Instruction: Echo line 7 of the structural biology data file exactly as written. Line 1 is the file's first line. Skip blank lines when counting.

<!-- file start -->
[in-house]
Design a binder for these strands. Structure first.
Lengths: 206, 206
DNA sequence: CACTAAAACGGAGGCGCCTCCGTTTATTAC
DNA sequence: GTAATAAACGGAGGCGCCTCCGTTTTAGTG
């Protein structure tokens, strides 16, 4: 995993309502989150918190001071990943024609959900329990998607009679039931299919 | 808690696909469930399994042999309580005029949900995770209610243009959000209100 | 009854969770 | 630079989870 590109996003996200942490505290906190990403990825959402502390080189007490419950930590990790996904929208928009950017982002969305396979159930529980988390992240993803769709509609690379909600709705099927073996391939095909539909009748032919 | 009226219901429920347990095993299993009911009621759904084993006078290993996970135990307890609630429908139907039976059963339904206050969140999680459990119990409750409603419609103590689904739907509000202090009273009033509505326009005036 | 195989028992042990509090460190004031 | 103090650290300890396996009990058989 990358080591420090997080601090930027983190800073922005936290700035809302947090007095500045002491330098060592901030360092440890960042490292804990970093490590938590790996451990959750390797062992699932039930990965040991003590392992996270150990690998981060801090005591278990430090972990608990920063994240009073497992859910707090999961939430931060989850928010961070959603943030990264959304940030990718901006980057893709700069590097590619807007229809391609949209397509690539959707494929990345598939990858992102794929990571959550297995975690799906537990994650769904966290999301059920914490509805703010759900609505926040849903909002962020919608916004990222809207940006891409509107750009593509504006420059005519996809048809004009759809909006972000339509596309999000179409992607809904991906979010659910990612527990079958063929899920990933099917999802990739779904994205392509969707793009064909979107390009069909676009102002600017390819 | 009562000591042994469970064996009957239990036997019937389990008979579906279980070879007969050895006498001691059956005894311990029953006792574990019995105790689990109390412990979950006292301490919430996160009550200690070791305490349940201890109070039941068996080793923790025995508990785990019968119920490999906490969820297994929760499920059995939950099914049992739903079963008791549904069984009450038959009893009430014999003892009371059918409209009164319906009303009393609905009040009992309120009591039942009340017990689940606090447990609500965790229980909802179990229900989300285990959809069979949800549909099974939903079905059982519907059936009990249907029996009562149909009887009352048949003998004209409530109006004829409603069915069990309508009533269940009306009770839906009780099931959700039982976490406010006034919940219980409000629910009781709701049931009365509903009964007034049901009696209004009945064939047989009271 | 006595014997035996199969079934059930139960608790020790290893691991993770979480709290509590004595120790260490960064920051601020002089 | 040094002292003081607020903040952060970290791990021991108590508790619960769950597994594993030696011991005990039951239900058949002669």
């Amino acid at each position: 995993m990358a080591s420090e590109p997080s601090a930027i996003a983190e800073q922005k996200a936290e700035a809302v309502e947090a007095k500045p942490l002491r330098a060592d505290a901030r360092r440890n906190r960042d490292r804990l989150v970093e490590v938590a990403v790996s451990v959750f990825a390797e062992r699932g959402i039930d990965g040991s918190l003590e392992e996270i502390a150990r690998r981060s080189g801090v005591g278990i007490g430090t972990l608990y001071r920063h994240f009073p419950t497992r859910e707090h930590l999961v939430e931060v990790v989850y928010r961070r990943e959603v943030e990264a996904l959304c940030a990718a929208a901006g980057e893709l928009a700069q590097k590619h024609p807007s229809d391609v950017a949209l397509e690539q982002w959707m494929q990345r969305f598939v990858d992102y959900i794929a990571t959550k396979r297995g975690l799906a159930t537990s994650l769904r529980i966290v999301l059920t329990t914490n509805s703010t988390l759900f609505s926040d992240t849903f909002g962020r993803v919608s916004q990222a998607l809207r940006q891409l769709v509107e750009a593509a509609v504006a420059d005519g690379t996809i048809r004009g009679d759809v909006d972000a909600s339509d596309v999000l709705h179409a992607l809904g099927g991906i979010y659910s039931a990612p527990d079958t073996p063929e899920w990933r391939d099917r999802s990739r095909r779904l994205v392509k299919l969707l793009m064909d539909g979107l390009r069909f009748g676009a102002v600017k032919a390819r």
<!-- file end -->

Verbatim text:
């Amino acid at each position: 995993m990358a080591s420090e590109p997080s601090a930027i996003a983190e800073q922005k996200a936290e700035a809302v309502e947090a007095k500045p942490l002491r330098a060592d505290a901030r360092r440890n906190r960042d490292r804990l989150v970093e490590v938590a990403v790996s451990v959750f990825a390797e062992r699932g959402i039930d990965g040991s918190l003590e392992e996270i502390a150990r690998r981060s080189g801090v005591g278990i007490g430090t972990l608990y001071r920063h994240f009073p419950t497992r859910e707090h930590l999961v939430e931060v990790v989850y928010r961070r990943e959603v943030e990264a996904l959304c940030a990718a929208a901006g980057e893709l928009a700069q590097k590619h024609p807007s229809d391609v950017a949209l397509e690539q982002w959707m494929q990345r969305f598939v990858d992102y959900i794929a990571t959550k396979r297995g975690l799906a159930t537990s994650l769904r529980i966290v999301l059920t329990t914490n509805s703010t988390l759900f609505s926040d992240t849903f909002g962020r993803v919608s916004q990222a998607l809207r940006q891409l769709v509107e750009a593509a509609v504006a420059d005519g690379t996809i048809r004009g009679d759809v909006d972000a909600s339509d596309v999000l709705h179409a992607l809904g099927g991906i979010y659910s039931a990612p527990d079958t073996p063929e899920w990933r391939d099917r999802s990739r095909r779904l994205v392509k299919l969707l793009m064909d539909g979107l390009r069909f009748g676009a102002v600017k032919a390819r």